What is MOA? Understanding Minute of Angle – Dark Earth Tactical
Minute of Angle – or MOA – is a term which represents a measurement that is vital towards any precision rifle shooter. In fact, most rifle optics adjust their point of aim using MOA, while accuracy potential and trajectory adjustments also use this system of measurement. Minute of angle can be an overwhelming concept to grasp initially, but once properly understood, it makes things a whole lot easier. So what exactly is MOA, and how is it used in the shooter’s perspective?
Simply put, minute of angle is the term used as the standard for measuring the accuracy of a rifle, or the adjustment increments of an optic. It is an angular measurement and not a linear one, whereby 1MOA (or 1 minute) equals 1/60th of a degree. A 100 yard/meter distance is most commonly used as the standard reference to a MOA measurement, by which 1MOA is equal to a 1.047-inch diameter at 100 yards, or a 29mm diameter at 100 meters – depending on whether you use the imperial or metric system of units.
If you haven’t fully grasped the concept of MOA just yet, then you are probably a little baffled. But all hope is not lost, so bare with me as we progress through this article and try to clear things up.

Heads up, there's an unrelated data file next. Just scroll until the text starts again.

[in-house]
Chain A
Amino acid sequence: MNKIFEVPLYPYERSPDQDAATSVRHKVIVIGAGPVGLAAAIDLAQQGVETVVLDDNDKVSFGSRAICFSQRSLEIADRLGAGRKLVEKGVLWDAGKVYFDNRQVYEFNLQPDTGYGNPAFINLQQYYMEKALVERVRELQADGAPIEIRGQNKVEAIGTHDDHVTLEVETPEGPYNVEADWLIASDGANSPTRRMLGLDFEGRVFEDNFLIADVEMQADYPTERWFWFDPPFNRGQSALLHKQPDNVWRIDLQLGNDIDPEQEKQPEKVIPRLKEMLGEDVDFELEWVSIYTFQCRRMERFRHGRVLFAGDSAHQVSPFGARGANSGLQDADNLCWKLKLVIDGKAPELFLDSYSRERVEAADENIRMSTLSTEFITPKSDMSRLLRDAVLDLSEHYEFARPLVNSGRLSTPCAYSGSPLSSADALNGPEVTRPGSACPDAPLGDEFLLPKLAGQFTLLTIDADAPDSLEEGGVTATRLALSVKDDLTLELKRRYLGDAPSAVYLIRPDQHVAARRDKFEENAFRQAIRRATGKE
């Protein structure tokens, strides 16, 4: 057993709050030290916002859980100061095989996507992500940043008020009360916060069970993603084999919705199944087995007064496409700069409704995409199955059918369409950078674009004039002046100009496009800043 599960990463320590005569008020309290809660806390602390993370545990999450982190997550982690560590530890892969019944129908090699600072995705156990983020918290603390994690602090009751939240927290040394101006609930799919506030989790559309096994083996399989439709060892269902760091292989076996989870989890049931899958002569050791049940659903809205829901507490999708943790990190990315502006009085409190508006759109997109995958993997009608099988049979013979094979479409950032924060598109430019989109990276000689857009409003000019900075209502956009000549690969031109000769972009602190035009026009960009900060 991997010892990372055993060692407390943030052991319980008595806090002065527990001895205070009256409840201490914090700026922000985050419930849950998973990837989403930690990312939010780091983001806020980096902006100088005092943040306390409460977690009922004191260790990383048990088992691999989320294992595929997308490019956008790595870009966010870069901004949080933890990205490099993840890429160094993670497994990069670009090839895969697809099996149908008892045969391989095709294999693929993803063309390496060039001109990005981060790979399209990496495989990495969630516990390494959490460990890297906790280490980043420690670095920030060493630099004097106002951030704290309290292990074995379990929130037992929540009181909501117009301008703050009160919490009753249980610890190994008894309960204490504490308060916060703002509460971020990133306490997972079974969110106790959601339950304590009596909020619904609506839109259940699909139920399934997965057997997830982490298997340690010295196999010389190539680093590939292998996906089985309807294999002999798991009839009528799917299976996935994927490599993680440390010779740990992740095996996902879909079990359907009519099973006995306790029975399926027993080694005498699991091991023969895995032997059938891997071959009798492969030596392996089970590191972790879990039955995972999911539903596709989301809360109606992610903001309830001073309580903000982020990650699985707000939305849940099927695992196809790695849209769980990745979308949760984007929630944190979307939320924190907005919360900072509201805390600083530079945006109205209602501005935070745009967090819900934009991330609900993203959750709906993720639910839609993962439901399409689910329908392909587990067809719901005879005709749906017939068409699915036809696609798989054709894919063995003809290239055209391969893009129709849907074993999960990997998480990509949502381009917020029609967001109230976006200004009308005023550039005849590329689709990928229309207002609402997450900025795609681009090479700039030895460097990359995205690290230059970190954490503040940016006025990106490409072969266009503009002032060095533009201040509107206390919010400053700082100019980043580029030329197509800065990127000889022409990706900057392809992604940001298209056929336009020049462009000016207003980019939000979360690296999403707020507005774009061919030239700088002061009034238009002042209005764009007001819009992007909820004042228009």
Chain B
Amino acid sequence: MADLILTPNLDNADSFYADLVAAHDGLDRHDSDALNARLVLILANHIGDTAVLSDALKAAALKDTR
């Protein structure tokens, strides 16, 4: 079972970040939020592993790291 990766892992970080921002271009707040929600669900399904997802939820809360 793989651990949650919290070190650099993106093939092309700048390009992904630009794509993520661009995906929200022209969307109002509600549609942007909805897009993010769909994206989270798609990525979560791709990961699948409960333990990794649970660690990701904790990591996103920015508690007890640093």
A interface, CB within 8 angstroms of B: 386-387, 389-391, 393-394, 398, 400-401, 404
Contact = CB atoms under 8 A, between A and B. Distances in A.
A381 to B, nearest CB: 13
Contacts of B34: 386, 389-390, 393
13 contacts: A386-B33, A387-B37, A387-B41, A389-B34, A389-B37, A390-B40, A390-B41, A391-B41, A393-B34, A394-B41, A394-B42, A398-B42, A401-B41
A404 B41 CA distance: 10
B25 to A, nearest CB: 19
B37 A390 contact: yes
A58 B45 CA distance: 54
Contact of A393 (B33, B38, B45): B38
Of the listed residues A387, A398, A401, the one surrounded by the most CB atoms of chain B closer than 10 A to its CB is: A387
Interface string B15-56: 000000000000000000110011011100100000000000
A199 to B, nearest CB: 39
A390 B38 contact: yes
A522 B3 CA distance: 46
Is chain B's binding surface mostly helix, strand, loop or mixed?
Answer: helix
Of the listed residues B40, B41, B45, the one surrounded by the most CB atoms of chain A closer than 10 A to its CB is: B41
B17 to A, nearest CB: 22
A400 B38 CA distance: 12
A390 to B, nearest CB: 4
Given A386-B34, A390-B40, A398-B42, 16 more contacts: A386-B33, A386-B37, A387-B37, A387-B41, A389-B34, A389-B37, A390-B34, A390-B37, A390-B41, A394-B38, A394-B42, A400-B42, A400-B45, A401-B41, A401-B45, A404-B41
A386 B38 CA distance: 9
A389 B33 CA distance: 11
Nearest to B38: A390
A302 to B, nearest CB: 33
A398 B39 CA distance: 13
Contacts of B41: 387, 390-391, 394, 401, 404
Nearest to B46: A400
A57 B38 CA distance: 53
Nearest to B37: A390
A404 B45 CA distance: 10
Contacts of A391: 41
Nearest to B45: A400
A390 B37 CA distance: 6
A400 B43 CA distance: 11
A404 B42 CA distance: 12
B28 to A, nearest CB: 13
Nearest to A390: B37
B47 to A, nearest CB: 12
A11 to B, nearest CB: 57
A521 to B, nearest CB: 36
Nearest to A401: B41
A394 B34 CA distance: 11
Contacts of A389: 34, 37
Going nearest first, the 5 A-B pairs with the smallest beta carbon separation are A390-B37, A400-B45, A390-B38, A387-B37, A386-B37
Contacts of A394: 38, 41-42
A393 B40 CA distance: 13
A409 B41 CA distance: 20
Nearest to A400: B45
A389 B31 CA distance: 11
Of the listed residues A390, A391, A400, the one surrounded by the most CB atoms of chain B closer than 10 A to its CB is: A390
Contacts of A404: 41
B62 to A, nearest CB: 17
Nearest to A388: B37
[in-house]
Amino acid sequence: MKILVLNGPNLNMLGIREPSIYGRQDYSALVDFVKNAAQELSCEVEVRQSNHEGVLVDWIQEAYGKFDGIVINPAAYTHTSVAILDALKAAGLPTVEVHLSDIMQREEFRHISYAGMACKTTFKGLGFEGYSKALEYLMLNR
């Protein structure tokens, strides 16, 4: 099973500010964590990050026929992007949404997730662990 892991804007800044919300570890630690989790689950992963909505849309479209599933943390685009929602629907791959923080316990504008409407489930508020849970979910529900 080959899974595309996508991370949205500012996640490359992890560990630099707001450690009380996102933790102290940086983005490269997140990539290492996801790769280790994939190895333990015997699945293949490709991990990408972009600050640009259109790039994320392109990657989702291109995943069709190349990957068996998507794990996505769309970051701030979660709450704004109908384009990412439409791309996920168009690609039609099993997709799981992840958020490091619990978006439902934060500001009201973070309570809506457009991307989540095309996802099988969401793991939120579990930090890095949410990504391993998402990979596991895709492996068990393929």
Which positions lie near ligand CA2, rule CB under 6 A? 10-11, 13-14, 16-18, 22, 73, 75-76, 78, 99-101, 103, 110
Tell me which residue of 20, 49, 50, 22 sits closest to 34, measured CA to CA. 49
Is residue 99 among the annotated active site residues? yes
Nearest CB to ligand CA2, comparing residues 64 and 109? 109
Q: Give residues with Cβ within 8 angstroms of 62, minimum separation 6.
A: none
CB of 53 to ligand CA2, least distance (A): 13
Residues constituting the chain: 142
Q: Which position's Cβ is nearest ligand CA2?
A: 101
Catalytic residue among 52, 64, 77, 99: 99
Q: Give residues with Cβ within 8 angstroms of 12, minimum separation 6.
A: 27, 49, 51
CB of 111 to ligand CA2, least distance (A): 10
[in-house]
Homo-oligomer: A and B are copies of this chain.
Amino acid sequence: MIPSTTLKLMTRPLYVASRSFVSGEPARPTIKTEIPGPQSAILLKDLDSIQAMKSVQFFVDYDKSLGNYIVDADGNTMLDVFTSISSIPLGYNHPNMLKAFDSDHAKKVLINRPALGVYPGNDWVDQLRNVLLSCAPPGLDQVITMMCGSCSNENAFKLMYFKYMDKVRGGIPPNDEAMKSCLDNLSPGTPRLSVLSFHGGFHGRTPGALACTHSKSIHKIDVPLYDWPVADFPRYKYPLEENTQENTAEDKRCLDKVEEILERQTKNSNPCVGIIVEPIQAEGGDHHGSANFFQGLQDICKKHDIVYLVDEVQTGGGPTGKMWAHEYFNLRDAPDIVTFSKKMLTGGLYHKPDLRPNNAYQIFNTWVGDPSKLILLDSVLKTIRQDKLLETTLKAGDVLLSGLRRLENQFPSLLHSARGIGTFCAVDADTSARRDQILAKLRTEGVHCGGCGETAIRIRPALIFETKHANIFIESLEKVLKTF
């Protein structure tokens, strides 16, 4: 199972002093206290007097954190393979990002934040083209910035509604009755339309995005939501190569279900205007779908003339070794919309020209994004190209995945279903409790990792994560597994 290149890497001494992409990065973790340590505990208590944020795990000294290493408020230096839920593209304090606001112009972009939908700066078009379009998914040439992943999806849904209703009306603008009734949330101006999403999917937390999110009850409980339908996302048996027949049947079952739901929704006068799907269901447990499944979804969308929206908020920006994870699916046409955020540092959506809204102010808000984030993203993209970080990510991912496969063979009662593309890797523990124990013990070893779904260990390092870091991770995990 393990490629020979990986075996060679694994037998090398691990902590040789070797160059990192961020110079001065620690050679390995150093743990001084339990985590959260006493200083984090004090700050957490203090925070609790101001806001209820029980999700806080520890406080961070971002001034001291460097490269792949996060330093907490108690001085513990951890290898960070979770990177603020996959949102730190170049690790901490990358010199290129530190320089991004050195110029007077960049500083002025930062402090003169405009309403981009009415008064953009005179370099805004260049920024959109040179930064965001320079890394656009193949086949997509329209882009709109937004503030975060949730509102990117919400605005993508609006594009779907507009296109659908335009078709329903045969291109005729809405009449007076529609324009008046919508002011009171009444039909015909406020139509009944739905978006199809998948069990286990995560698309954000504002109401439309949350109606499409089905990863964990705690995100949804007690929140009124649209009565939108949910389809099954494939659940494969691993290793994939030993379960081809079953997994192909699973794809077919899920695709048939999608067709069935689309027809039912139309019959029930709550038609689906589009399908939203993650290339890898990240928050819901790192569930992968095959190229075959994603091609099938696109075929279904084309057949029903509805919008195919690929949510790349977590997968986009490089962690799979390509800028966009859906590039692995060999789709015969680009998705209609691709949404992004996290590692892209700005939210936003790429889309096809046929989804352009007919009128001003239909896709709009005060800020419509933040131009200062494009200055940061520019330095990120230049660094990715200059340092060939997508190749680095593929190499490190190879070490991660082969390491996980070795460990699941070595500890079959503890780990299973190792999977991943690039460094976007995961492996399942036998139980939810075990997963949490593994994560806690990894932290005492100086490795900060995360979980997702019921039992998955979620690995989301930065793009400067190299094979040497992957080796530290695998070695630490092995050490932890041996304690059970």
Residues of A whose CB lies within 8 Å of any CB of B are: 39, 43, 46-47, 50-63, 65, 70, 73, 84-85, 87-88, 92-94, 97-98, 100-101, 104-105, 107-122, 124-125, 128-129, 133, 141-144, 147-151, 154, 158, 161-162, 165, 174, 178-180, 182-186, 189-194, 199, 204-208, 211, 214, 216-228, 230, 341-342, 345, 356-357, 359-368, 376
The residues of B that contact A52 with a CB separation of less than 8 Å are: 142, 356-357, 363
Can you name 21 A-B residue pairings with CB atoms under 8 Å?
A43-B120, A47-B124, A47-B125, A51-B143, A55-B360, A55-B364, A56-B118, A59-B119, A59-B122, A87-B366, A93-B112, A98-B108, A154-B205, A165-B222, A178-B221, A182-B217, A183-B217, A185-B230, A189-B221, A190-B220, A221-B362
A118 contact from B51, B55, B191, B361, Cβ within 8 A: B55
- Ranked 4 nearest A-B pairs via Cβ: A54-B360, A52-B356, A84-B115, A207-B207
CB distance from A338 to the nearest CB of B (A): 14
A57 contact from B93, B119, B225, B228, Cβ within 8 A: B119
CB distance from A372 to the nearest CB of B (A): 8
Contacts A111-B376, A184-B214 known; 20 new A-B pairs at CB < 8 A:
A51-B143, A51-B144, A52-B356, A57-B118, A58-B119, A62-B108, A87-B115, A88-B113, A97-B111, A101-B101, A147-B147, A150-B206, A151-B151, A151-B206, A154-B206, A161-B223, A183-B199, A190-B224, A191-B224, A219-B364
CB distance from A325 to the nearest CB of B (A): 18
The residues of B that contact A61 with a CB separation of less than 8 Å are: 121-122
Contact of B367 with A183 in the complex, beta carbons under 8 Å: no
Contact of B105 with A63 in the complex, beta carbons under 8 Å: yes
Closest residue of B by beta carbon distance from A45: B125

Minute of Angle Explained
We’ve all heard and seen how a picture paints a thousands words, so let’s use one to try and explain the concept further.
You should know – as it is common knowledge – that there are 360 degrees in a circle. Within each degree, there are 60 minutes, giving us a total of 21,600 minutes in a full circle. One of these 21,600 minutes (as seen in the image above) is our MOA measurement, which equates to exactly 1.047 inches at 100 yards or 29mm at 100 meters. This measurement grows proportionally with range, as we can see in the image below.
As the distance from your firing point grows, so will the diameter of your MOA. This is because – as we have already mentioned – the measurement is angular and NOT linear.
At 100 yards a single MOA will be equivalent to roughly 1-inch, while at 500 yards it would be equivalent to 5-inches. At the same time, 1MOA at 10 yards would equal 1/10th of an inch, or 2.5mm.
At 100 meters a single MOA will be equivalent to roughly 30mm, while at 500 meters it would be equivalent to 150mm. At the same time, 1MOA at 10 meters would equal 3mm.